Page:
So far, Scripps seems to be in the lead, with Rupert’s folks not crazy about the climbing price of the channel. The latest bids, word is, are north of $1 billion. Back in June, when Cox first put it on the block, industry watchers figured it would fetch between $600 million and $700 million. Last week, the $900 million mark was pierced and has since been left in the rearview mirror.
The Travel Channel hasn’t landed yet, and it could take a while for the dust to settle. We’ll keep watching … the action, that is.
I’m a huge fan of Anthony Bourdain and I love No Reservations. A show that combines travel to places both exotic and familiar, pure rockstar gluttony and classic Bourdain snark – how could it go wrong? So when I heard that Bourdain was creating an animated web series for the Travel Channel (relax, it will NOT be taking the place of No Reservations) I figured it couldn’t be anything less than awesome.
Based on the sneak peak, the show looks like its going to have plenty of Bourdain’s signature sense of humor. In the first episode, “Robo Chef,” Bourdain laments how much effort it takes to create the perfect celebrity chef – all that work and then they go off and get their own talk show! – so he decides to make one himself. But when he accidentally puts in Rachel Ray’s brain instead of Alton Brown’s, things go awry.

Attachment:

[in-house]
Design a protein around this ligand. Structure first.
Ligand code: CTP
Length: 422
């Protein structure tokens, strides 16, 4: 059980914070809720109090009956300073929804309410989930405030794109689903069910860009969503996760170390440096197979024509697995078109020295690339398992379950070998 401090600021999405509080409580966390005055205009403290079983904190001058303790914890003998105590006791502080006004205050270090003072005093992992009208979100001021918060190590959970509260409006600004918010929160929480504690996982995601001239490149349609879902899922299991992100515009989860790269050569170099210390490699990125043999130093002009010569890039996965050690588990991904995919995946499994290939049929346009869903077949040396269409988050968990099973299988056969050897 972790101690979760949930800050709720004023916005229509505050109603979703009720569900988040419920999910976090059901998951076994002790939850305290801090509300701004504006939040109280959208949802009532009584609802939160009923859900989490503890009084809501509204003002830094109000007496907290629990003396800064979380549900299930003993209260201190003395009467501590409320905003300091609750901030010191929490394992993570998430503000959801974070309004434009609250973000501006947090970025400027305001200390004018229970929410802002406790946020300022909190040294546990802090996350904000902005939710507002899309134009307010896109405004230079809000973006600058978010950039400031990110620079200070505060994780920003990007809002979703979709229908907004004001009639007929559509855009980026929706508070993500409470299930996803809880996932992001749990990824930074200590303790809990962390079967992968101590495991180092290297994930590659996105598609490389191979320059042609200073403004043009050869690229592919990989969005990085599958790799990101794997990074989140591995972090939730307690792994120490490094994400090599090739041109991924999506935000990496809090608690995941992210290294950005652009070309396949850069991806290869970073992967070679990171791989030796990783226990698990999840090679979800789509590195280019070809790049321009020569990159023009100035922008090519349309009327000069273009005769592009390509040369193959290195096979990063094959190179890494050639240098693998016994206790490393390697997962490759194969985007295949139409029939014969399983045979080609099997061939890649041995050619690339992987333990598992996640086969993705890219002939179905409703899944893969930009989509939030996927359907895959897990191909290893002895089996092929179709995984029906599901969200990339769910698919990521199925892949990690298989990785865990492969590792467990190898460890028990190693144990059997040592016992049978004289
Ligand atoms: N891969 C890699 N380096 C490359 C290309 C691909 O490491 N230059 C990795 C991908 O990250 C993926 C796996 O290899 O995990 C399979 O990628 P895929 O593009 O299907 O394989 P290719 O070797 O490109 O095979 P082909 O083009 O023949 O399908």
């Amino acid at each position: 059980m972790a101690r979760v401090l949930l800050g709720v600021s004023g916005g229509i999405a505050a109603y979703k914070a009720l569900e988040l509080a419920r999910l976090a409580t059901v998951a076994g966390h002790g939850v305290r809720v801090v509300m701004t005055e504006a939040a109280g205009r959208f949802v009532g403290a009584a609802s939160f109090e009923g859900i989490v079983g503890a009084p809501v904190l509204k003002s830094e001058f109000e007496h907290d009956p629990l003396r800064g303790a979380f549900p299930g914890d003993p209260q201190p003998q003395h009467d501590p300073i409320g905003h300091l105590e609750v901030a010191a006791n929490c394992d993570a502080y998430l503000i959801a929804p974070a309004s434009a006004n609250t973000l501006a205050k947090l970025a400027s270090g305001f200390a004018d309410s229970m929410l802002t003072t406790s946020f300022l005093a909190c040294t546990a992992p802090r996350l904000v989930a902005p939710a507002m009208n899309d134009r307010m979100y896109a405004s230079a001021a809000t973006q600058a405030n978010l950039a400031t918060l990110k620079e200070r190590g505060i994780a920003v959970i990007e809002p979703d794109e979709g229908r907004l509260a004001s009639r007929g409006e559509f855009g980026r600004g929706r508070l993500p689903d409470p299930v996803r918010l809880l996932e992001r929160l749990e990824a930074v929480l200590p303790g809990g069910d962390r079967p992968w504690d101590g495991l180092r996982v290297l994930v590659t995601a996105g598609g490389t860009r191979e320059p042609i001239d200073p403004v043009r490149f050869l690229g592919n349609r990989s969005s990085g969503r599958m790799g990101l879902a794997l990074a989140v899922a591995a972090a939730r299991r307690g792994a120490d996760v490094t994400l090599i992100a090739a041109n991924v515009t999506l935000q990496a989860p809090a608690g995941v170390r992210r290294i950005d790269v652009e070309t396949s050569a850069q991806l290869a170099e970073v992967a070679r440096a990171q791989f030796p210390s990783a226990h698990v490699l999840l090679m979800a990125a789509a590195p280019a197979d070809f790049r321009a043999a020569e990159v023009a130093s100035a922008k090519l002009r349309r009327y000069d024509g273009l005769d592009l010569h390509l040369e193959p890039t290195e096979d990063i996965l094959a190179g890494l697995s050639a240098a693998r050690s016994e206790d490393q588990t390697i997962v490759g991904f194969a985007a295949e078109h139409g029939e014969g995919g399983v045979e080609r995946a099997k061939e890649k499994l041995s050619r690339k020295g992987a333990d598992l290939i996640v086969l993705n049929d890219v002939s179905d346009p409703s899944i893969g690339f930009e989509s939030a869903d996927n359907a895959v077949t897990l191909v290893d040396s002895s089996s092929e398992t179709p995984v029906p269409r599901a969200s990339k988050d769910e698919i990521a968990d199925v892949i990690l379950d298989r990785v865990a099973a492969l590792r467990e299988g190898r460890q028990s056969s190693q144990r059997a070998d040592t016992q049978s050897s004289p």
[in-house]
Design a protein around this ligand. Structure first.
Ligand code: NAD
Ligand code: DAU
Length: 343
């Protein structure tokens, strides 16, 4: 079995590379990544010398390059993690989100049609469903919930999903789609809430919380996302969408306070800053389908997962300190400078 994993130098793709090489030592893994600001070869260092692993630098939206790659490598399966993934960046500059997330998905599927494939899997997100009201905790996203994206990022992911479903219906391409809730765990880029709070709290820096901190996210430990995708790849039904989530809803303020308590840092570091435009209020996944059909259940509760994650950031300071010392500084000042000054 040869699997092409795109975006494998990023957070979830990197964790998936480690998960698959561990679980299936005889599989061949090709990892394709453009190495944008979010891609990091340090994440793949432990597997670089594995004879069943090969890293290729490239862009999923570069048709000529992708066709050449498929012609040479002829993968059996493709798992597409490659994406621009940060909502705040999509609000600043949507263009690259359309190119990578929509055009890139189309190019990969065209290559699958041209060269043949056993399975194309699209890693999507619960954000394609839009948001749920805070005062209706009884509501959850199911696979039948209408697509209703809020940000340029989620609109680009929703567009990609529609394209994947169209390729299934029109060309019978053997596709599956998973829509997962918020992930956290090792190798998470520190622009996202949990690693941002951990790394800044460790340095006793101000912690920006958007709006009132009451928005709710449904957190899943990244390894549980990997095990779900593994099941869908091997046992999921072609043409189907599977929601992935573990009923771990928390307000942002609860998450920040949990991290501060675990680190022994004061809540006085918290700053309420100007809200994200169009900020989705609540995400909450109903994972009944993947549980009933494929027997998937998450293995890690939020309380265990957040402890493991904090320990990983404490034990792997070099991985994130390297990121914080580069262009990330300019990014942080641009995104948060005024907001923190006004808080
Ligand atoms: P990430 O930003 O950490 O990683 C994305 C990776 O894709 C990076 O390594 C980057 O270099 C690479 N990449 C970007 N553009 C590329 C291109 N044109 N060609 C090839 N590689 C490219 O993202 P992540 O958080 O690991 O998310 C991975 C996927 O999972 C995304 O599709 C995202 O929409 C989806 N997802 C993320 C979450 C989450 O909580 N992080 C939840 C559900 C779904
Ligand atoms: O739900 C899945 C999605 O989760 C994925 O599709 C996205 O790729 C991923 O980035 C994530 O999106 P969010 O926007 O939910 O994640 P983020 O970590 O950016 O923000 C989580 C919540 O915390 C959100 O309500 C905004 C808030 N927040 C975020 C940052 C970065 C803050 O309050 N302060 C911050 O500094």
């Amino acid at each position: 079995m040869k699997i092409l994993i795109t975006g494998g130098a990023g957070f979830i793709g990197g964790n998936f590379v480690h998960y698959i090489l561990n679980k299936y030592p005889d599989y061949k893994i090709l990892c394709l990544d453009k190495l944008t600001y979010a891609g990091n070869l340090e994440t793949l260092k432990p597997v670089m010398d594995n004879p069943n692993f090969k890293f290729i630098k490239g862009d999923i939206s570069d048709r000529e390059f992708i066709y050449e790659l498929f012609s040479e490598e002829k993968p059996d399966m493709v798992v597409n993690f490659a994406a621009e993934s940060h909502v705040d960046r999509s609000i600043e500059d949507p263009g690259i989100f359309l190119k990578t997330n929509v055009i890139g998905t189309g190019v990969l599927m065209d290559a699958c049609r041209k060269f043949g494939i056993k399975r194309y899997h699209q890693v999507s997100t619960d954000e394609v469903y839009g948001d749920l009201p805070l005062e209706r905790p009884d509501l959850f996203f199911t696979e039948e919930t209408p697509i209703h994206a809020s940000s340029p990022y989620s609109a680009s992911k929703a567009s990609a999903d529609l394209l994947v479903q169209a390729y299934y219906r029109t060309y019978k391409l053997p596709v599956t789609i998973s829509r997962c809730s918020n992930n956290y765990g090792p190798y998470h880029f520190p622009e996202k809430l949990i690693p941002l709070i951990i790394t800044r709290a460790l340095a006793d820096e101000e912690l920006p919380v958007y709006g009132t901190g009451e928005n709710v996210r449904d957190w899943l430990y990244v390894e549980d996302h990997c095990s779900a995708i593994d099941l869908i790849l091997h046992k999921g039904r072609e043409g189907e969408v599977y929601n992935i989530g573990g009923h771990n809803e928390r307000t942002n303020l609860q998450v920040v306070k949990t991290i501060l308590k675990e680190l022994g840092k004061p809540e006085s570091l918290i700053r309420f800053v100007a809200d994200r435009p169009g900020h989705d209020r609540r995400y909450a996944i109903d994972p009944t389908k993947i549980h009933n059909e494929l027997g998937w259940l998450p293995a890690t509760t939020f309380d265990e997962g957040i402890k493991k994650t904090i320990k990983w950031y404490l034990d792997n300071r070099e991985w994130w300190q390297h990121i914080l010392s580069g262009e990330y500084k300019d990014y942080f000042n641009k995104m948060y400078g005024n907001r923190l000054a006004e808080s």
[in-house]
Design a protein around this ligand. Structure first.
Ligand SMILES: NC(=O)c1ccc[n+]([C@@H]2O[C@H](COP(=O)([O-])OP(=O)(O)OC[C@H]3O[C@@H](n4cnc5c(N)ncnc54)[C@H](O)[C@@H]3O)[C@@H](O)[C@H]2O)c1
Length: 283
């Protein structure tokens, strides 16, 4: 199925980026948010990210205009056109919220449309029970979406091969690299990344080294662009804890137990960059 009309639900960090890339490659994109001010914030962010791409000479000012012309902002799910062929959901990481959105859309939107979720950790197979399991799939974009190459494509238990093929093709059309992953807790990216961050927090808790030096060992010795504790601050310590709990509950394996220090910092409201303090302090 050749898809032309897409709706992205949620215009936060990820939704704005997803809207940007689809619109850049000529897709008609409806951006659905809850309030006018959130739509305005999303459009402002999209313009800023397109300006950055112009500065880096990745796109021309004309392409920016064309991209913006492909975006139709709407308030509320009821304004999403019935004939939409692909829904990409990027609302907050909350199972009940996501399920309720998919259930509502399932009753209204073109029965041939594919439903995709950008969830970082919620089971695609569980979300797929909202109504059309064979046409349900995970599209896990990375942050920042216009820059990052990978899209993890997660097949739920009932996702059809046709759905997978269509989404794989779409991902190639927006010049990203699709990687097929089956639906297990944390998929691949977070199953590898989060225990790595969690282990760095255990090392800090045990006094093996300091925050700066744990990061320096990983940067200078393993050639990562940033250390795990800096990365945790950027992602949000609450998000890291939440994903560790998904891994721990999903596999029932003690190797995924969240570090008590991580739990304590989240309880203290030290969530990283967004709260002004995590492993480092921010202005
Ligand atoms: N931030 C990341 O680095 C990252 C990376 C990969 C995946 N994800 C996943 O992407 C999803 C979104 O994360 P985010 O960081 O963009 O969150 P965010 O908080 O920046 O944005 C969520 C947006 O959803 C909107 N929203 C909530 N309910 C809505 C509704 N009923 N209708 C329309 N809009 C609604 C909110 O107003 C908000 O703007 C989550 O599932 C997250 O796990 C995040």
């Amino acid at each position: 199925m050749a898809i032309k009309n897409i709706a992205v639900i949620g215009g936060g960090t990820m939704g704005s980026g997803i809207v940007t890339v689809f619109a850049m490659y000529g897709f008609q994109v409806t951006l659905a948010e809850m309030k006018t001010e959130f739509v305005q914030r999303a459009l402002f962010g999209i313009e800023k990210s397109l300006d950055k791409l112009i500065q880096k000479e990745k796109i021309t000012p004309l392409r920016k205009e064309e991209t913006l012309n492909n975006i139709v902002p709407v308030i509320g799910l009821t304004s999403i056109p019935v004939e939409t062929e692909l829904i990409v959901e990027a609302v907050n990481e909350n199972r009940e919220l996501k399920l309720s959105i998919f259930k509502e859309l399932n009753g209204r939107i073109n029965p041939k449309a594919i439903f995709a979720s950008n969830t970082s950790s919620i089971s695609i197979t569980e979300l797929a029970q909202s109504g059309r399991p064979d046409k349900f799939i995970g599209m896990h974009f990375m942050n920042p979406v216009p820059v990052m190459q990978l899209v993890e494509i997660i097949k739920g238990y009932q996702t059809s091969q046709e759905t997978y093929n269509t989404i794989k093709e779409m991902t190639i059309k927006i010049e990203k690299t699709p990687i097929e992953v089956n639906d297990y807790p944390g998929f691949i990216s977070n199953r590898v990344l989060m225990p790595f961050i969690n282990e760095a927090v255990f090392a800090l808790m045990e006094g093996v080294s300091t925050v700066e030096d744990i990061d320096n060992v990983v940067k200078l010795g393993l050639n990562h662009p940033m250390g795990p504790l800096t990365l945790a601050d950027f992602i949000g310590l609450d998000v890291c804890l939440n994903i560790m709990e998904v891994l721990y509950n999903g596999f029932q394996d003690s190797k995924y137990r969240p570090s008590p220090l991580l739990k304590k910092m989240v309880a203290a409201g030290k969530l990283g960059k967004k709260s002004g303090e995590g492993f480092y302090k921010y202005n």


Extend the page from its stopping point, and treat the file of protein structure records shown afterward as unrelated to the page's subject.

According to Bourdain himself, future episodes won’t be all about his issues with Food Network chefs. They’re designed to be alternative versions of No Reservations – “representing things we never could have done on the actual show – or representing the way things should have gone on the show – or animated acknowledgments of what already went terribly wrong on the show.”
One of the six webisodes will be posted on the Travel Channel website each month. The first will debut November 2nd.